Another block of land that he bought for peanuts at Mt Gravatt now has 2000 houses on it, when he bought it there was scrub and weeds all over it, Dad wanted to buy a small tractor for weed spraying and slashing to clean up the block.
He found a Ferguson tractor advertised locally for $1000 he went to have a look at it, one glance told him this was the unit he wanted, but being a horse trader by nature he walked around it, kicked the tyres and said, “well it’s not exactly what I’m after but I’ll give you $800” The man just shook his head and said “nope” Dad walked around and kicked the tyres again, “I’ll go to $900” he said, same shake of the head and “nope” response, a final walk around and kick of the tyres and he offered the $1000.
Much to Dads amazement the man again shook his head and said “nope” Dad spluttered “what do you mean nope you asked $1000 for the tractor and I’ll give you $1000,” The answer came straight back, “I wouldn’t sell it to you mate, it’s not exactly what you’re after.”
True to form Dad sent one of his mates to buy the tractor with strict instructions not to find fault with the tractor or haggle over the price.
To balance up on the tractor stories, Dad had a tractor for sale, just after he sold it a man turned up to have a look at it, most disappointed at missing out he asked if Dad knew off another tractor he could buy.
As luck would have it Dad had been slashing with an old Fordson a couple of years earlier and it was still in the paddock.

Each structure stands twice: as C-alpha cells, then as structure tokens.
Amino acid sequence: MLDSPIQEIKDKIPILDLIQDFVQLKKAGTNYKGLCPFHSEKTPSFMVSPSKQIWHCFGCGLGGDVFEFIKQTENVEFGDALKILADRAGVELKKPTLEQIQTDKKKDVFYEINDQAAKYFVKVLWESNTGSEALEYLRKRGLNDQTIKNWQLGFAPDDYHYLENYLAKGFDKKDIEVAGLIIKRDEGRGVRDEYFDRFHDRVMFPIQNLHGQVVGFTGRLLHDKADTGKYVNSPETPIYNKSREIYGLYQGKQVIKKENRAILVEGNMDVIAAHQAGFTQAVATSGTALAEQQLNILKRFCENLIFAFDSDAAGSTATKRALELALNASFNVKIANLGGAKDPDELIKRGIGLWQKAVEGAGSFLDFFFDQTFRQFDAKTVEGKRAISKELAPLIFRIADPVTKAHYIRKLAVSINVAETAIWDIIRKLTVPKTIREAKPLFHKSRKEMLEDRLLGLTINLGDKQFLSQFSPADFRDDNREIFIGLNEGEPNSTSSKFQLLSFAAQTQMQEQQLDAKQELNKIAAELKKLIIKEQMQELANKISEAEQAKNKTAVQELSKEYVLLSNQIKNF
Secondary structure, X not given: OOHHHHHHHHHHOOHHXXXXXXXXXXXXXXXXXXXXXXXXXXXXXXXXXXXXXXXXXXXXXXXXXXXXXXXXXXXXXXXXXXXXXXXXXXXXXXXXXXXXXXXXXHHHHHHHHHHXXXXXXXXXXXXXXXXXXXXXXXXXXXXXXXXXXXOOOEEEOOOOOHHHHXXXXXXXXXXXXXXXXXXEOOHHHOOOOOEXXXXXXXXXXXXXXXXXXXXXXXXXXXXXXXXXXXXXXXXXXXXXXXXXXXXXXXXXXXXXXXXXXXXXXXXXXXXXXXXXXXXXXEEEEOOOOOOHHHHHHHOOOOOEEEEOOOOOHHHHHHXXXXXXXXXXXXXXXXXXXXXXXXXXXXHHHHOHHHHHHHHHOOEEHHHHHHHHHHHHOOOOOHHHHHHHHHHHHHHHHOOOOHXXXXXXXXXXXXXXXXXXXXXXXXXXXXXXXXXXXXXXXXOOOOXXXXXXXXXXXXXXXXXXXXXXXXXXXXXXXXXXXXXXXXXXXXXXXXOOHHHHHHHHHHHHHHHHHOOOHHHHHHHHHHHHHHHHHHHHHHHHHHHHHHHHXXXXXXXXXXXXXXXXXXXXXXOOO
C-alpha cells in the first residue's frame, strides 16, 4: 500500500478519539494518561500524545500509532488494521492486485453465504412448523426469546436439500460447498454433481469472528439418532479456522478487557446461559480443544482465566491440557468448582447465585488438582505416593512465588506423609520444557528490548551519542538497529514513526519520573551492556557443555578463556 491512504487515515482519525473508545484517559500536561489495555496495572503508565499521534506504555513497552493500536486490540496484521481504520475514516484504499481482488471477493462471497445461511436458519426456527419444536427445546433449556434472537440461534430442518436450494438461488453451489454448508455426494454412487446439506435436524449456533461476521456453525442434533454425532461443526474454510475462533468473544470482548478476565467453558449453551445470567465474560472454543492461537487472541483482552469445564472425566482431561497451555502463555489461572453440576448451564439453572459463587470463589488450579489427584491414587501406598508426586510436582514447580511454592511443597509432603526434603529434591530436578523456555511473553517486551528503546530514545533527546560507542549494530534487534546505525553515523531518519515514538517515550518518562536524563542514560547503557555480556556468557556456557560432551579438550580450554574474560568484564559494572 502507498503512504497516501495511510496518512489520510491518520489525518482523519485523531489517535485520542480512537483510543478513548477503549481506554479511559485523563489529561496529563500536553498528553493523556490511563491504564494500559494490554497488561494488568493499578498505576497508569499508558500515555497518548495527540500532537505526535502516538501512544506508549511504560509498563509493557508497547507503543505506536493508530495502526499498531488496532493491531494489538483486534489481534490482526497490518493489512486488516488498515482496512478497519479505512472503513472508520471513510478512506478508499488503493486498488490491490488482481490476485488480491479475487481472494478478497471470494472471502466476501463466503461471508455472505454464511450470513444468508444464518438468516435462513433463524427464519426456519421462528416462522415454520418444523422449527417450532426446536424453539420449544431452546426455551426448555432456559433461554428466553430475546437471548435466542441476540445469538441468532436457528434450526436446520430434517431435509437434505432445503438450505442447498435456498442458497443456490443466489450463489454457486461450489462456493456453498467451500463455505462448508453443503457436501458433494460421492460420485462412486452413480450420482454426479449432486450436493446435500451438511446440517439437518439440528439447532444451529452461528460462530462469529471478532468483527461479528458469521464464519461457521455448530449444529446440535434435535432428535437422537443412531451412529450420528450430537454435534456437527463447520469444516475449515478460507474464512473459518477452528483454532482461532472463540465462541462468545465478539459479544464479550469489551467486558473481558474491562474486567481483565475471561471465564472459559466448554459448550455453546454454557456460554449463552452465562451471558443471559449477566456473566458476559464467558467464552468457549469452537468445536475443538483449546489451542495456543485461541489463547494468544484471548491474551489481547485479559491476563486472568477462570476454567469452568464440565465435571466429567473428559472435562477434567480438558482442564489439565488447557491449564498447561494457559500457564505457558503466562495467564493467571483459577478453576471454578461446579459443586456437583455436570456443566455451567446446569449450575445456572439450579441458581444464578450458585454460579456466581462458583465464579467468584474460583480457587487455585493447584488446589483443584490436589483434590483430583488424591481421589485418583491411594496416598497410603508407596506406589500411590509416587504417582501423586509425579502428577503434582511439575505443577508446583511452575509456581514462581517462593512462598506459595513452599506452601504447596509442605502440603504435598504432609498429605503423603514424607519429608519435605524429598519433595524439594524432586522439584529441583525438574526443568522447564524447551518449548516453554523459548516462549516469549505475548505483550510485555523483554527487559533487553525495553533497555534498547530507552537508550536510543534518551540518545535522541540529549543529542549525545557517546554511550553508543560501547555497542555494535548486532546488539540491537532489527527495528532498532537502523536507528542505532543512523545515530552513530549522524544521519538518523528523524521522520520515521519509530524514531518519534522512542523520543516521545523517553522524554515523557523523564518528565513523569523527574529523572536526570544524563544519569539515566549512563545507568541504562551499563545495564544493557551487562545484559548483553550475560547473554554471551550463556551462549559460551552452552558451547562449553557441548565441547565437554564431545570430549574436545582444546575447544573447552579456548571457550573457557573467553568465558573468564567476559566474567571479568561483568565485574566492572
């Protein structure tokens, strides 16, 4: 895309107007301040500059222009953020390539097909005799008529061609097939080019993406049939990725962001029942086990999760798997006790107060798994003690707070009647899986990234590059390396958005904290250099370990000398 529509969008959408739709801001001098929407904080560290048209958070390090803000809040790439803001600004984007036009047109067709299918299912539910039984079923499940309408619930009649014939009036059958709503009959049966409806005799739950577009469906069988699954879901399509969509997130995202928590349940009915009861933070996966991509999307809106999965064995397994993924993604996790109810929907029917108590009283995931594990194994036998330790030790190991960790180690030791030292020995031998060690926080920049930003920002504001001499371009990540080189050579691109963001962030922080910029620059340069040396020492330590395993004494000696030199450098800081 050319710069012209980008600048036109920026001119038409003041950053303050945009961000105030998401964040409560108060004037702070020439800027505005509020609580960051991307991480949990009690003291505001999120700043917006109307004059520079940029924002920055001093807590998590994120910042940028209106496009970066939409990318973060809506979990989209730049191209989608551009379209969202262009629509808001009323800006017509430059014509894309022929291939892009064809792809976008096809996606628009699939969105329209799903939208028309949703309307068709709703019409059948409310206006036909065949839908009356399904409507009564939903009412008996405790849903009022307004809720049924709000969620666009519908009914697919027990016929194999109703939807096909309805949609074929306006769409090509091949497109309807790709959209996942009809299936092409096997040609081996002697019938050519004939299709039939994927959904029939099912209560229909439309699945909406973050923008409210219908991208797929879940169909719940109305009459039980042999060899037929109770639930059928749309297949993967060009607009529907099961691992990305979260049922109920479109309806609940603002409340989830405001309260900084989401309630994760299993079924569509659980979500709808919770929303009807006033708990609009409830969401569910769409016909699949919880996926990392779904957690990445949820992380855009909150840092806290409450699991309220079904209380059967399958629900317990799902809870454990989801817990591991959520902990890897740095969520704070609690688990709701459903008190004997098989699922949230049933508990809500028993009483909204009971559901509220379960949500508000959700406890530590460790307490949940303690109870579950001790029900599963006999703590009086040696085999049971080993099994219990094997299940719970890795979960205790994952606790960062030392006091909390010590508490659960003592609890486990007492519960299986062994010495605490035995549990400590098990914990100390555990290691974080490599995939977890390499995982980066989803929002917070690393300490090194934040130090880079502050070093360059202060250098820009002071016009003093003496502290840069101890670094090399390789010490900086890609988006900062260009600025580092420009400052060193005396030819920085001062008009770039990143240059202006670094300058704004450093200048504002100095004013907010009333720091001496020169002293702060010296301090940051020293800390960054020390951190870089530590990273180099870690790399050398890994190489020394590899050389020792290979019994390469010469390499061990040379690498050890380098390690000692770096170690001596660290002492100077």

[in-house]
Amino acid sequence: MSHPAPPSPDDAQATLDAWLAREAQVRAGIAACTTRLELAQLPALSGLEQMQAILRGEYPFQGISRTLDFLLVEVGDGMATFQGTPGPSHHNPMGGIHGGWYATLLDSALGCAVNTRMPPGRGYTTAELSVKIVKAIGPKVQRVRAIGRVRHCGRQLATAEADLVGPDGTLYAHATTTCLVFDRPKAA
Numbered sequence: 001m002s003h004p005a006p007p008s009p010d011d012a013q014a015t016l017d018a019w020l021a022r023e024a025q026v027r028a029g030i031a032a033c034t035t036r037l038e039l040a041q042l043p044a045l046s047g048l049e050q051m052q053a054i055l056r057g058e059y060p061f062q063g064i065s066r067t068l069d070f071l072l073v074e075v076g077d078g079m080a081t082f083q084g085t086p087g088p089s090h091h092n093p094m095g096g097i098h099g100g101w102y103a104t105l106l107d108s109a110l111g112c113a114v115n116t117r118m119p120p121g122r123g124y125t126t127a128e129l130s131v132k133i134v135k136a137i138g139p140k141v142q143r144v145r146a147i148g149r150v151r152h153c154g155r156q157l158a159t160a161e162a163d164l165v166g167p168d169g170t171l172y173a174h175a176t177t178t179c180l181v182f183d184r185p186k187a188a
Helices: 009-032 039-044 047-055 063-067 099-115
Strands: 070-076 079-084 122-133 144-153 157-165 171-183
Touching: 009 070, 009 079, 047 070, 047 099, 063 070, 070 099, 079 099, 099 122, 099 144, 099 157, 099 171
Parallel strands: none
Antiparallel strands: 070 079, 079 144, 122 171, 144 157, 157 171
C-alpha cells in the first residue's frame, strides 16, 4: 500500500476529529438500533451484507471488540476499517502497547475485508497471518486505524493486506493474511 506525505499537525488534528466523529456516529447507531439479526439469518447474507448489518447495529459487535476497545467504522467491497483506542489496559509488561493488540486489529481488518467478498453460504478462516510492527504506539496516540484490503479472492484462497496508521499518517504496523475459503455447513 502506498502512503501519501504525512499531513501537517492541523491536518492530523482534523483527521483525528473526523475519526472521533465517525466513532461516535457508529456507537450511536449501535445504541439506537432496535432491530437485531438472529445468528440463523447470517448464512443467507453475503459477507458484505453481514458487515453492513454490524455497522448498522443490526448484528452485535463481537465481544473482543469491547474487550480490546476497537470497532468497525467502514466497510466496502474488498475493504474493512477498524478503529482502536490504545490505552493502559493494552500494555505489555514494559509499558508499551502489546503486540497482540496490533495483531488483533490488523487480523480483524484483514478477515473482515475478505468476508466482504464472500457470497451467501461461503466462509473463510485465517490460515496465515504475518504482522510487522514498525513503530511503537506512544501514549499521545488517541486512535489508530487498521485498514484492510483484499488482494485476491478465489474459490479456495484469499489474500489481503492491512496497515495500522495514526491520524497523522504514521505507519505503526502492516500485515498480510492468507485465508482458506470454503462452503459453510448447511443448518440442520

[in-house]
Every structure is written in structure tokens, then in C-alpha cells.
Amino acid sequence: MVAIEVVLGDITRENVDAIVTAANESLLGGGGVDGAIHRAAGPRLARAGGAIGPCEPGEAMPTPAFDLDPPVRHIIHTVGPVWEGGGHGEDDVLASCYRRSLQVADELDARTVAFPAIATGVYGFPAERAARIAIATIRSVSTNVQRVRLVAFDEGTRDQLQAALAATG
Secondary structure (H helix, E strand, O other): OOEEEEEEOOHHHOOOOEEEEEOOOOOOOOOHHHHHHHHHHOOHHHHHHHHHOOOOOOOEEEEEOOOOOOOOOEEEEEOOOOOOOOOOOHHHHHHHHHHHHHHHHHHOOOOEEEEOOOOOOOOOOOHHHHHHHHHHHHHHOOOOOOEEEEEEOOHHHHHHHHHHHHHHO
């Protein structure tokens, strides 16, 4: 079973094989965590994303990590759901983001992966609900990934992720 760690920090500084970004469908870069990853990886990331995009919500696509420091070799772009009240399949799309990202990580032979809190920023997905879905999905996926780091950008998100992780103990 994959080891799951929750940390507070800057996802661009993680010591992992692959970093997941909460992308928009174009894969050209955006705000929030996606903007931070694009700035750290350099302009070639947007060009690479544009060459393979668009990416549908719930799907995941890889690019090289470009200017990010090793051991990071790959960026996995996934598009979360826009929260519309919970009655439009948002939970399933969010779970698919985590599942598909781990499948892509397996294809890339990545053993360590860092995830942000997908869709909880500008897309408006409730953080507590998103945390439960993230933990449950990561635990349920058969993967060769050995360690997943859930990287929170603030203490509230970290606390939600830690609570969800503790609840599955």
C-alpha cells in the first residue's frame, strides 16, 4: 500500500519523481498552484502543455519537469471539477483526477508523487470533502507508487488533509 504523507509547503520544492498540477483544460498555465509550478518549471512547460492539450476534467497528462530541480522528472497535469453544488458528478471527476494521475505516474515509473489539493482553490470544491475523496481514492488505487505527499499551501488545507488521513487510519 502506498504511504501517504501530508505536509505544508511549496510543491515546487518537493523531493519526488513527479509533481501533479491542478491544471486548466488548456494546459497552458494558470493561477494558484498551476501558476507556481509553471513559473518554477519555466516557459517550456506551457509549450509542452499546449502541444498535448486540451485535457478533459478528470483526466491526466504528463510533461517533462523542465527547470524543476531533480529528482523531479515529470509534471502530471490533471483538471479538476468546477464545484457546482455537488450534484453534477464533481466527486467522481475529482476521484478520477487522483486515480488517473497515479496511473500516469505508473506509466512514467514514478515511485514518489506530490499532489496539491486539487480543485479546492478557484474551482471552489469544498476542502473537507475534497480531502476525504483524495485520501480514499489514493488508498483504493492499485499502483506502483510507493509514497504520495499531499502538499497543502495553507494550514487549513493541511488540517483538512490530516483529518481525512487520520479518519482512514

It was still in the paddock because no amount of trying could get it to go at the time,
Ever the optimist, Dad said that they could go and have a look at this one, under 2 years of weeds they found it, and with one of his inexhaustible supply of batteries and some fuel low and behold it started, and was duly sold.
As a carry over from his days as a car dealer Dad kept records of every deal he did and every $ he made again perhaps as a carry over from that third grade education these were kept exclusively in exercise books and on scraps of paper.
Asked for details about any of his many deals, he would quote you chapter and verse on them all.
Over many years of collecting information about property he had financed, horses bought or sold, or any other data needed for preparation of his taxation returns I can vouch for that memory.
Sure over the last few years it failed a bit but for most of his life it was phenomenal.
When Dad first moved out of Brisbane and into the Amberley, Rosewood area years ago he wanted to buy the property opposite his own, the owner would not sell it to him though as he was collecting royalties on coal that was being mined on it.
Finally the mine closed down and Dad was able to buy the property, a short time later another mining company approached him with a proposal to open cut mine the area which had become unprofitable to mine conventionally.
Once more Dad landed on his feet as the new miner removed 100 times more coal than the old one had, it was only a small royalty payment but over the huge bulk that was removed it mounted up.
As had been the case in his days of selling cars now that he was selling property he had buyers queuing up to buy their 2nd and 3rd property from him, instinctively people trusted my Dad.
This photograph shows the whole clan at the time of
Marcus and Carolyn's wedding, from L to R:
Dad, Ada, Peter, Julie, Bruce, Marcus, Carolyn, Alan, Lyn,
Rex, (holding Stacey) Vicki.
Matthew standing in front of me, Daniel in front of Julie.
Alan and Lyn's Daughter Jenna was asleep at the time
There were 7 more grand children to come yet.